Why we still love albums
Have you heard the bad news? The album is dead.
Yep, industry experts are predicting that the album is going to go the way of the Dodo, the Minidisc and the iPod Classic because people aren’t buying as many albums as they used to. Lana Del Rey’s Ultraviolence topped the UK charts this year after selling just 48,000 copies. There were 30 million fewer albums sold last year than in 2009, which is a massive drop in just 5 years.
But why? Simple: digital downloads, streaming and YouTube. People can now listen to their favourite song from an album without splashing out on the album itself. Case in point: Lana Del Rey. While Ultraviolence sold badly, the lead single Brooklyn Baby has over 10million streams on Spotify.
Naturally, this has led to a few artists giving up on albums entirely; Tinie Tempah and Chris Brown have both said they won’t be releasing another album. It isn’t just pop stars leaving the album behind either; Ian Astbury of The Cult has claimed they won’t be making another album either.
Well, we’re not having it. We love albums and we don’t want to see them go – here’s why.
It’s how the artist wants you to hear their music
Albums aren’t just a random collection of songs. Often, the artist or band behind the record spend hours, days or even weeks perfecting the track list, creating a flow of songs designed to create certain moods or emotions.
An album is how an artist wants you to experience their music and we owe it to them to listen to it all the way through at least once. Then you can skip the rubbish and just listen to the good tracks…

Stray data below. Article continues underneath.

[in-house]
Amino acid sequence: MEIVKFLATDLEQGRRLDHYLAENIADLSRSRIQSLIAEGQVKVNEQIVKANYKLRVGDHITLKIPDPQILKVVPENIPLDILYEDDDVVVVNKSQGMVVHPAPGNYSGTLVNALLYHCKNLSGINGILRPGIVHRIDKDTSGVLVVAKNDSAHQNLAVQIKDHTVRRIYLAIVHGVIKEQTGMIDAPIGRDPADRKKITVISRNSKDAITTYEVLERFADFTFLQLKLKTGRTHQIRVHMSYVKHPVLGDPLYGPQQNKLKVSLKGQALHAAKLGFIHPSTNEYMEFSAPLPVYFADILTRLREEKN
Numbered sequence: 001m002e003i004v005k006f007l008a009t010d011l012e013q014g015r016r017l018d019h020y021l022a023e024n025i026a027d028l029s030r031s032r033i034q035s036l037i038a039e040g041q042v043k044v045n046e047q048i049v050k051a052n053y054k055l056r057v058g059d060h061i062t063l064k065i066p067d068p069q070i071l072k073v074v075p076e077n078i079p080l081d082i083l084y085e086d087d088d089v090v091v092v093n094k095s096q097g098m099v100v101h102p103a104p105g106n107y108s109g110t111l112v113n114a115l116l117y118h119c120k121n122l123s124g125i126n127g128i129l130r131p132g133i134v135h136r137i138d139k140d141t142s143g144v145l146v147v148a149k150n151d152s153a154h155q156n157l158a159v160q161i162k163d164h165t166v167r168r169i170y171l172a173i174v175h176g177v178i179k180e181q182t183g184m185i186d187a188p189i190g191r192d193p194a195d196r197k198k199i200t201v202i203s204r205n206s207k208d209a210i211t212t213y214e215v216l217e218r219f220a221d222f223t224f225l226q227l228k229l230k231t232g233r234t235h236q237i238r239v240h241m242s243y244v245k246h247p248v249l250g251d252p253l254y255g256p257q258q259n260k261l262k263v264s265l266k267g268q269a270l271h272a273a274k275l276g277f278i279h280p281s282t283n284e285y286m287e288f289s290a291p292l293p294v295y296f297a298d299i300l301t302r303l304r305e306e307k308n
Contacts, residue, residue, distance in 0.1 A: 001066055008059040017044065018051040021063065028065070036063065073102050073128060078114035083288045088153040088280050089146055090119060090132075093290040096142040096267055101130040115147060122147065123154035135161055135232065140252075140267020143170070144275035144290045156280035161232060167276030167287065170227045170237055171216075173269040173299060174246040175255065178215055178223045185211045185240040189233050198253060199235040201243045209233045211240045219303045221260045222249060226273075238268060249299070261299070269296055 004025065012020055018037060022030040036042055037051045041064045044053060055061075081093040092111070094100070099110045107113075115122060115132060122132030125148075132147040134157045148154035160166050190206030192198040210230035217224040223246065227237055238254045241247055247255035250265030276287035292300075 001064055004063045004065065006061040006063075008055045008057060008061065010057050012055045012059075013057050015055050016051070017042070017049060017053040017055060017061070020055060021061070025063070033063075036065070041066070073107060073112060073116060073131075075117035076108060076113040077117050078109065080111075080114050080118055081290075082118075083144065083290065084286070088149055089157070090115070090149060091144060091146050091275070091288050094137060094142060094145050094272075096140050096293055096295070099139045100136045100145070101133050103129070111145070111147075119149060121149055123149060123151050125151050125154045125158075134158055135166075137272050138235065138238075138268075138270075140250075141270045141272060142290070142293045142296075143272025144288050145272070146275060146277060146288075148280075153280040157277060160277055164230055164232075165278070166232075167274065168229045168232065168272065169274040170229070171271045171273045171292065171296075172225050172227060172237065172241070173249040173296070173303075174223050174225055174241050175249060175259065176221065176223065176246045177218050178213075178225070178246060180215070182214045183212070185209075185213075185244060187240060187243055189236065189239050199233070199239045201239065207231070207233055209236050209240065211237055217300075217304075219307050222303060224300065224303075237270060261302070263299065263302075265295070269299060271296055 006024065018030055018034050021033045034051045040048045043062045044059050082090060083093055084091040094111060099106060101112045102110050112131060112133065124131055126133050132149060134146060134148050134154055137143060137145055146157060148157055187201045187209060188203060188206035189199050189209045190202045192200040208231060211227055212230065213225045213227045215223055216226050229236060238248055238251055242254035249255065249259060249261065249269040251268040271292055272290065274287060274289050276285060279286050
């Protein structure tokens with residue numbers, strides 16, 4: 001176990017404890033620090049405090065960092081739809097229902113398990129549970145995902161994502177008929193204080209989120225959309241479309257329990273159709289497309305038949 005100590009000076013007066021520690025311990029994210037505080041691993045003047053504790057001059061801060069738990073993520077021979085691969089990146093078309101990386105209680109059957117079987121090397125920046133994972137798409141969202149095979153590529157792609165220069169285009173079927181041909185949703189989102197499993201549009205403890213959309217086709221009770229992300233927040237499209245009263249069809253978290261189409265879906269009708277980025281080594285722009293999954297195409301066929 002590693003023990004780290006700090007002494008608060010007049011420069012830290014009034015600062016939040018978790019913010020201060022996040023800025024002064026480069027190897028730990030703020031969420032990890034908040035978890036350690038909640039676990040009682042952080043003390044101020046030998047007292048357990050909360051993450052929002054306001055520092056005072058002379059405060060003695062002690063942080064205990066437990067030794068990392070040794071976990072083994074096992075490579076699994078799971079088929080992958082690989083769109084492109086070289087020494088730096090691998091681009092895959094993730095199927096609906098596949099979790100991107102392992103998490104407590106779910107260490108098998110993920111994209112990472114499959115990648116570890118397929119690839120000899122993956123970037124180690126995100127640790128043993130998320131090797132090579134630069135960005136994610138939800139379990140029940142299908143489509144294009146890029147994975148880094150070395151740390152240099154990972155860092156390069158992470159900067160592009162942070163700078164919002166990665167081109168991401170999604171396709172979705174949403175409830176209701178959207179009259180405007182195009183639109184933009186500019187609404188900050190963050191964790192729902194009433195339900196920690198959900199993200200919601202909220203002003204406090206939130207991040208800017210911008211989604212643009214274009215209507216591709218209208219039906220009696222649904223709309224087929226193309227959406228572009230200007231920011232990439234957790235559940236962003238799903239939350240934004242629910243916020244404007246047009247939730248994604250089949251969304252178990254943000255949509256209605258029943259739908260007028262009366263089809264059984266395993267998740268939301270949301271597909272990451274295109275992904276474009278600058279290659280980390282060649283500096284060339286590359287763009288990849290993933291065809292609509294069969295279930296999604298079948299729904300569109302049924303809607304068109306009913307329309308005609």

Buying an album is more than just buying music. You get artwork that has been specially designed to reflect the music, liner notes and lyrics and even the odd free gift (such as a can of Dr. Pepper when Gun N Roses’ Chinese Democracy was released).
Losing albums entirely would mean we lose this experience (although we might have less clutter, so it’s not all bad we suppose…)
When is the last time you put on an album and just listened to the singles?
Most artists put out their most commercial songs as singles and leave the interesting tracks hidden within the album. Part of the fun is discovering them!
Alright, yeah, we know it leads to filler too. But it’s a small price to pay.
Now, this is a bit of a controversial point because a lot of people hate concept albums.
But we’d miss them if albums disappeared. We like the idea of a story being told over the course of 11 songs, especially if the story is slightly bonkers (Mastodon’s Crack the Skye, for example).
Without concept albums, we’ll never have another Sgt. Peppers or The Rise and Fall of Ziggy Stardust and the Spiders from Mars. Reason enough to keep making albums, we’d say.
An album release is an event
Part of the fun of an album is the excitement and anticipation leading up to its release. The internet and social media means we can now follow bands as they put together their albums, with the occasional preview thrown out to get us even more excited.
After all that hype, the actual album release feels like more of an event, something big to be treasured. While we wouldn’t mind getting new songs from our favourite artists every month, it just wouldn’t be the same.
What do you think? Has the album had its day? Let us know in the comments.
If you’ve finally given up on albums and want to sell your collection, we’ll be happy to take them off your hands. Start selling CDs here!